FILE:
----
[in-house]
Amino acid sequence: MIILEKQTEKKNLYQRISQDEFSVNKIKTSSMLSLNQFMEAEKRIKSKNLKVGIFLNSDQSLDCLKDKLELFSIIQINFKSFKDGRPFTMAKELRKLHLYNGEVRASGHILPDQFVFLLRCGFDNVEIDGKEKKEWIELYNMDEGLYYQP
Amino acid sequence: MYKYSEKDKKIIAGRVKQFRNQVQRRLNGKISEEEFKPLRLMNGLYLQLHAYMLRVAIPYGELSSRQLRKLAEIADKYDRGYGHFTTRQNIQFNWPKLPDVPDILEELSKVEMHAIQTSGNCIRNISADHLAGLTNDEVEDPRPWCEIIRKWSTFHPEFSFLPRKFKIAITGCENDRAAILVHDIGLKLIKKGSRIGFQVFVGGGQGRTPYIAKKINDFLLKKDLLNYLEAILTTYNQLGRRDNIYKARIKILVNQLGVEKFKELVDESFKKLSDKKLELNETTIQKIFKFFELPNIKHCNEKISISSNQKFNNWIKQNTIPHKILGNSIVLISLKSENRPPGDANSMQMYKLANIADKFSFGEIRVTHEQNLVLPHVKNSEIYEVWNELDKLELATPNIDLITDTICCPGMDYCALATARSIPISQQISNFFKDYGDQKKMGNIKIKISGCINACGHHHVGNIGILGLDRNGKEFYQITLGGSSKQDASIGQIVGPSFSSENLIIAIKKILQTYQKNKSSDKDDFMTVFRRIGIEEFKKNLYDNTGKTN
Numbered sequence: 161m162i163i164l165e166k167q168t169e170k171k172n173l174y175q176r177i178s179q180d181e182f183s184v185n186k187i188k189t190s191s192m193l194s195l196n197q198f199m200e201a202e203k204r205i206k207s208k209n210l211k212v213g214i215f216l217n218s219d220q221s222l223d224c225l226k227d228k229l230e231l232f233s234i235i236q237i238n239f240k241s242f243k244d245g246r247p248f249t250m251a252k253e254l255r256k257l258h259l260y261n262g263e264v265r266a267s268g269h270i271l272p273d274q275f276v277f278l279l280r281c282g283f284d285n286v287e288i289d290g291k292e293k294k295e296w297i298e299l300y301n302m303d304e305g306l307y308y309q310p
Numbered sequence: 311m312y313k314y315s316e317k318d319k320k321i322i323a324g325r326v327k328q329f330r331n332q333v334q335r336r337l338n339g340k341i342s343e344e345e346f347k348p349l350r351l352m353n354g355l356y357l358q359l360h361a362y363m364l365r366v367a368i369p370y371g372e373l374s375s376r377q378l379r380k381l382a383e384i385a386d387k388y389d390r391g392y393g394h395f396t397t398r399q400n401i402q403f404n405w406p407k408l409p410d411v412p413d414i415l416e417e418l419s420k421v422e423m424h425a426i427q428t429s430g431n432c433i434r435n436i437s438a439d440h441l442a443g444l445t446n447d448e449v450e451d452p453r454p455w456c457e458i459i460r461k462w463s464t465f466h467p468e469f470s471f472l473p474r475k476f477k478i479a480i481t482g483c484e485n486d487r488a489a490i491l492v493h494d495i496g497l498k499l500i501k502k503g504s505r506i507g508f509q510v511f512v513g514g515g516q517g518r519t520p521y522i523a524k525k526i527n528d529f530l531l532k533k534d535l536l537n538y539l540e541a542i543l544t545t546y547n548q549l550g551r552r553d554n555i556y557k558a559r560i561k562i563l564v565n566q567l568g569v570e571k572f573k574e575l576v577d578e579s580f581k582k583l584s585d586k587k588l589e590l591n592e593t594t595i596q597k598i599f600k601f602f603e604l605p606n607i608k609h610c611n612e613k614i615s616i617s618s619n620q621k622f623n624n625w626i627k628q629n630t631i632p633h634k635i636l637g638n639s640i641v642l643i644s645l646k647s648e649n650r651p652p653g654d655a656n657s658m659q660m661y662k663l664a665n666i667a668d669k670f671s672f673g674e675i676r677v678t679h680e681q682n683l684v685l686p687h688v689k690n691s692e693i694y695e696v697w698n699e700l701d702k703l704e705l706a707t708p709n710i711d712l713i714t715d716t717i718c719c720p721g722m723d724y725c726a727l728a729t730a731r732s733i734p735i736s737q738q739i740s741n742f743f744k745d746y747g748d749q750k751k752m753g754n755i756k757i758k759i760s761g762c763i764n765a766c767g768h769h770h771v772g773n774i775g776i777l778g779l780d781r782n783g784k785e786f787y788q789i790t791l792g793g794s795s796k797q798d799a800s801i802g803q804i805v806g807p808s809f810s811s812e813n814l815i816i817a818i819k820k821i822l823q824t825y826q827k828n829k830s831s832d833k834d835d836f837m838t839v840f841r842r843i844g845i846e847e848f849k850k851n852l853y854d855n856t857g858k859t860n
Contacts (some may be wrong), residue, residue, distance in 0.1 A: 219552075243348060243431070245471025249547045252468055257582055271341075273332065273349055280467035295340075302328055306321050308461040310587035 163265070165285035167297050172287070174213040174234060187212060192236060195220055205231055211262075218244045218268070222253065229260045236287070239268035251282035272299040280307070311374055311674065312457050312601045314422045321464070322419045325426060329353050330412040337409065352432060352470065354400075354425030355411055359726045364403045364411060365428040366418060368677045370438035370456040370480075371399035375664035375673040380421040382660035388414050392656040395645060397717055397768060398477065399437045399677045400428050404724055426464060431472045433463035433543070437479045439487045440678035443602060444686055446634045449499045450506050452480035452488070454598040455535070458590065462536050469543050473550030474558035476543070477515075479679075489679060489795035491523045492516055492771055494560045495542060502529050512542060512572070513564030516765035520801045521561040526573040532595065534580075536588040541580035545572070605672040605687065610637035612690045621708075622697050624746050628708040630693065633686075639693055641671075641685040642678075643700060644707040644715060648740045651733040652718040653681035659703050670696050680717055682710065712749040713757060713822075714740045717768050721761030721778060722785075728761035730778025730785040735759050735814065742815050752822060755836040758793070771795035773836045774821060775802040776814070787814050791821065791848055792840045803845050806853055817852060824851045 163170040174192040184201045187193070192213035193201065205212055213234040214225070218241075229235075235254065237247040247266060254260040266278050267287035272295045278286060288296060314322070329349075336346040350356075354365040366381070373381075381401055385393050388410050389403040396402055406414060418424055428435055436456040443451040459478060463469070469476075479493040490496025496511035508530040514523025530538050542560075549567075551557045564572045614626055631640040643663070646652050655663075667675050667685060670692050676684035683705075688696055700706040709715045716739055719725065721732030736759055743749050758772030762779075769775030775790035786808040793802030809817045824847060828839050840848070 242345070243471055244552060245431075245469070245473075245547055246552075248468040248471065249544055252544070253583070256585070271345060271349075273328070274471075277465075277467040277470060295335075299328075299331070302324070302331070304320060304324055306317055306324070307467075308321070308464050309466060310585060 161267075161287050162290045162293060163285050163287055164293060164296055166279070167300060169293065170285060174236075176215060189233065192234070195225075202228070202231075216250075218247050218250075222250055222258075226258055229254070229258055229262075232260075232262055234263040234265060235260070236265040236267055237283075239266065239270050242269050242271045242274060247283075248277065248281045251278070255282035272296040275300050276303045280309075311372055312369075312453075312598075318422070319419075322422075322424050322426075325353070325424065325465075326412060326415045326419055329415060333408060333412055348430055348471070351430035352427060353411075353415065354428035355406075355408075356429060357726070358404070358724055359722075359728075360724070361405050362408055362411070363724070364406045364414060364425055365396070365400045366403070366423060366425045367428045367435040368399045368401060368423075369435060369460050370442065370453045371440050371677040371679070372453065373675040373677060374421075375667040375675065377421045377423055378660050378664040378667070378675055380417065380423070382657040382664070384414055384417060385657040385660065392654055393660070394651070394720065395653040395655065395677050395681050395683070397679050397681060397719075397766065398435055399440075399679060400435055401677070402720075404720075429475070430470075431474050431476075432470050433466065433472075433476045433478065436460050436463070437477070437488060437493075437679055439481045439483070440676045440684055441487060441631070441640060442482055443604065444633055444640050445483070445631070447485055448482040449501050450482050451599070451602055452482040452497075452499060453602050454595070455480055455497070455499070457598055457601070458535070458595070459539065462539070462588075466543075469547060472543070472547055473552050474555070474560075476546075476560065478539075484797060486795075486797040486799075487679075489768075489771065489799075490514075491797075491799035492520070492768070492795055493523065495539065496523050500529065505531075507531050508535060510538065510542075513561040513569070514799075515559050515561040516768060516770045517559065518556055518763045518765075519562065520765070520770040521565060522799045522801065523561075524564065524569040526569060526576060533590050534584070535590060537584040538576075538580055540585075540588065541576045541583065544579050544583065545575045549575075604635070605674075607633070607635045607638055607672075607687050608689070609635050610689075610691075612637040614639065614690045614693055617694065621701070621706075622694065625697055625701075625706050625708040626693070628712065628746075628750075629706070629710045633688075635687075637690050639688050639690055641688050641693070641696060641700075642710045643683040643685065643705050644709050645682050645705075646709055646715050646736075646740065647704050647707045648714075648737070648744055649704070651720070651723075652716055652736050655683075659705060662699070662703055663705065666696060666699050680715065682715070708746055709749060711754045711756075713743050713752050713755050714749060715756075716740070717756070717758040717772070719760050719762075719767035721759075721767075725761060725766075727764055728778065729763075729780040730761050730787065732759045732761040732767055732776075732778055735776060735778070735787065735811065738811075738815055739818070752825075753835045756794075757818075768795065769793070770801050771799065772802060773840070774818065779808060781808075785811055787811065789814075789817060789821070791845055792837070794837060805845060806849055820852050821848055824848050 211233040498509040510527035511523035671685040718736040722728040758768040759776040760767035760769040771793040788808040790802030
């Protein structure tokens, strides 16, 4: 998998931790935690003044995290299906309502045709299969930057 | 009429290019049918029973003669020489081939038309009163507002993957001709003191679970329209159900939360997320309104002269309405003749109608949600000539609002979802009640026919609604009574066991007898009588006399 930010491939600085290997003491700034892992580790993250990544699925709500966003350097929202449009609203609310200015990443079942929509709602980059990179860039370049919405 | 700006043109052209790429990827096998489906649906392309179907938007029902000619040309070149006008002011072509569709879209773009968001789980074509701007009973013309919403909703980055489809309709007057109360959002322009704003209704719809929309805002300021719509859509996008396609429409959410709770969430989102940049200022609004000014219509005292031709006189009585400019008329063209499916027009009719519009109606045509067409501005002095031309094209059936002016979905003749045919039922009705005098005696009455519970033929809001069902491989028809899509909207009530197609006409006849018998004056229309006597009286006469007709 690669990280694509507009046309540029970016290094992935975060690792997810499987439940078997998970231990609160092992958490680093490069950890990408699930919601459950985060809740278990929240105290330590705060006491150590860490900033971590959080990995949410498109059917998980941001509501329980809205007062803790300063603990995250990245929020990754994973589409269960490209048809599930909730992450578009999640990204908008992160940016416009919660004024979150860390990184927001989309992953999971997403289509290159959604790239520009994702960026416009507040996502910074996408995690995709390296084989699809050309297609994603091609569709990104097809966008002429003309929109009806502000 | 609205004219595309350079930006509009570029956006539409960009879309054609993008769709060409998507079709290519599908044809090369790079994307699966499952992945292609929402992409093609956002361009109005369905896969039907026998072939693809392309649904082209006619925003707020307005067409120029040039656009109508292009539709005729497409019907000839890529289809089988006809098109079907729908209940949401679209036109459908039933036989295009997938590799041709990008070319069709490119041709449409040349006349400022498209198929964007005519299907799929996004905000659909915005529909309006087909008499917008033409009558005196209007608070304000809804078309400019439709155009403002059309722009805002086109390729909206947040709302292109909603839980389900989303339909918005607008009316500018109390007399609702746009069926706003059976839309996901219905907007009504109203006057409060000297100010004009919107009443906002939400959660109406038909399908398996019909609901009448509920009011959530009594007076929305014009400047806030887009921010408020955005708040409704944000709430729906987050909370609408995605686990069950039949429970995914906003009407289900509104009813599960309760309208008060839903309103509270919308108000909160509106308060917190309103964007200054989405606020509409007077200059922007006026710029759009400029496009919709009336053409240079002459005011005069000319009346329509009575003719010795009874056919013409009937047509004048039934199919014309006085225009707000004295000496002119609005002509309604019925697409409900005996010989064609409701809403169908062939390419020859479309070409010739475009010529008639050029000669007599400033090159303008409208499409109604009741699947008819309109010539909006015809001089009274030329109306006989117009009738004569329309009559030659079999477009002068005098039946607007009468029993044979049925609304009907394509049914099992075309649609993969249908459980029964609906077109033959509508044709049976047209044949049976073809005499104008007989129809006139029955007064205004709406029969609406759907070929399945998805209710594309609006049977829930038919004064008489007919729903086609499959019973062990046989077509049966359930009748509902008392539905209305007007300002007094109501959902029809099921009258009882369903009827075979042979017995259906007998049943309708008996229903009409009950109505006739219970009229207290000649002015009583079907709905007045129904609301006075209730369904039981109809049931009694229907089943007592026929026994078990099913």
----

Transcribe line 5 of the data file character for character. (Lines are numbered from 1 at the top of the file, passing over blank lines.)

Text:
Numbered sequence: 311m312y313k314y315s316e317k318d319k320k321i322i323a324g325r326v327k328q329f330r331n332q333v334q335r336r337l338n339g340k341i342s343e344e345e346f347k348p349l350r351l352m353n354g355l356y357l358q359l360h361a362y363m364l365r366v367a368i369p370y371g372e373l374s375s376r377q378l379r380k381l382a383e384i385a386d387k388y389d390r391g392y393g394h395f396t397t398r399q400n401i402q403f404n405w406p407k408l409p410d411v412p413d414i415l416e417e418l419s420k421v422e423m424h425a426i427q428t429s430g431n432c433i434r435n436i437s438a439d440h441l442a443g444l445t446n447d448e449v450e451d452p453r454p455w456c457e458i459i460r461k462w463s464t465f466h467p468e469f470s471f472l473p474r475k476f477k478i479a480i481t482g483c484e485n486d487r488a489a490i491l492v493h494d495i496g497l498k499l500i501k502k503g504s505r506i507g508f509q510v511f512v513g514g515g516q517g518r519t520p521y522i523a524k525k526i527n528d529f530l531l532k533k534d535l536l537n538y539l540e541a542i543l544t545t546y547n548q549l550g551r552r553d554n555i556y557k558a559r560i561k562i563l564v565n566q567l568g569v570e571k572f573k574e575l576v577d578e579s580f581k582k583l584s585d586k587k588l589e590l591n592e593t594t595i596q597k598i599f600k601f602f603e604l605p606n607i608k609h610c611n612e613k614i615s616i617s618s619n620q621k622f623n624n625w626i627k628q629n630t631i632p633h634k635i636l637g638n639s640i641v642l643i644s645l646k647s648e649n650r651p652p653g654d655a656n657s658m659q660m661y662k663l664a665n666i667a668d669k670f671s672f673g674e675i676r677v678t679h680e681q682n683l684v685l686p687h688v689k690n691s692e693i694y695e696v697w698n699e700l701d702k703l704e705l706a707t708p709n710i711d712l713i714t715d716t717i718c719c720p721g722m723d724y725c726a727l728a729t730a731r732s733i734p735i736s737q738q739i740s741n742f743f744k745d746y747g748d749q750k751k752m753g754n755i756k757i758k759i760s761g762c763i764n765a766c767g768h769h770h771v772g773n774i775g776i777l778g779l780d781r782n783g784k785e786f787y788q789i790t791l792g793g794s795s796k797q798d799a800s801i802g803q804i805v806g807p808s809f810s811s812e813n814l815i816i817a818i819k820k821i822l823q824t825y826q827k828n829k830s831s832d833k834d835d836f837m838t839v840f841r842r843i844g845i846e847e848f849k850k851n852l853y854d855n856t857g858k859t860n